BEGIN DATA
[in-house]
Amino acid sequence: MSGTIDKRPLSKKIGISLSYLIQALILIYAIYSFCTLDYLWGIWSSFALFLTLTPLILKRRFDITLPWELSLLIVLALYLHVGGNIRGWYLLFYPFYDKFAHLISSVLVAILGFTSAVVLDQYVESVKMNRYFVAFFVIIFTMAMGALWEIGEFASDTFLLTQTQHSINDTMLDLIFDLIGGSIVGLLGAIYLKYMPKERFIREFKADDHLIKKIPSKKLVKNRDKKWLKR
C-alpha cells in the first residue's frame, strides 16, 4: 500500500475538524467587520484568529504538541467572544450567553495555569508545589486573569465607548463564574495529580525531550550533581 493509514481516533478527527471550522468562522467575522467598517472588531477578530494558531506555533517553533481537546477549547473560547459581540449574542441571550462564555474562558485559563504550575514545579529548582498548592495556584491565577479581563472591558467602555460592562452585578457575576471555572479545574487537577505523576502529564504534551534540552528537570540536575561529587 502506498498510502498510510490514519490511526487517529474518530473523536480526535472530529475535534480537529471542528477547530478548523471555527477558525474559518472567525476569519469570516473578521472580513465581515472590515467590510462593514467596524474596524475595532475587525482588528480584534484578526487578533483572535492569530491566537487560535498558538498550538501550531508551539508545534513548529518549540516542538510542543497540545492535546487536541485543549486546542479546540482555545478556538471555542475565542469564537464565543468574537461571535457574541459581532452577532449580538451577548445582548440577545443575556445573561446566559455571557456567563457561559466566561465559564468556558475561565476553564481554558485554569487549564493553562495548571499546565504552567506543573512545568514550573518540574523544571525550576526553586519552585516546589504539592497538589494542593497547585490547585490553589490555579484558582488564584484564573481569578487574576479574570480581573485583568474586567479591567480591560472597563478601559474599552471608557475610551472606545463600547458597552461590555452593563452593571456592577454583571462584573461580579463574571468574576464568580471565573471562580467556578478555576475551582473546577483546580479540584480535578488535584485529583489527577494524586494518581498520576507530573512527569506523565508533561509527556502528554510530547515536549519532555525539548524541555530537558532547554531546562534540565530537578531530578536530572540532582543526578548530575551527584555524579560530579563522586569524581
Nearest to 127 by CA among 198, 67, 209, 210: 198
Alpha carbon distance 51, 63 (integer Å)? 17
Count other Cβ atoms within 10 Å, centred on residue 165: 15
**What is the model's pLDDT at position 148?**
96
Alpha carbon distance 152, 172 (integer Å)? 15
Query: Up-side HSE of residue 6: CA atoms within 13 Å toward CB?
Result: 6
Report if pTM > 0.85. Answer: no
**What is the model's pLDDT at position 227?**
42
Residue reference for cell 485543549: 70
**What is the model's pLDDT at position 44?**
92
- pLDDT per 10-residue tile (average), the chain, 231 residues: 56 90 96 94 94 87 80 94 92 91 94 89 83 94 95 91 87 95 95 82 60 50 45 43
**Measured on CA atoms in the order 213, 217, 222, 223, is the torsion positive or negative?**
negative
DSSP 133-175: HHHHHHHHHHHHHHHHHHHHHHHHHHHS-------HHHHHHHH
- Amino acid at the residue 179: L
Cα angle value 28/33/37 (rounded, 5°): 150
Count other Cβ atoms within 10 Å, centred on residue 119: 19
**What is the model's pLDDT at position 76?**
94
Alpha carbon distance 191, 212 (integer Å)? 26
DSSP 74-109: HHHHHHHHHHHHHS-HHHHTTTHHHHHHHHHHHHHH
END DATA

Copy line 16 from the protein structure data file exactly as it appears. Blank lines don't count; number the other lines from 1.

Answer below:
**What is the model's pLDDT at position 44?**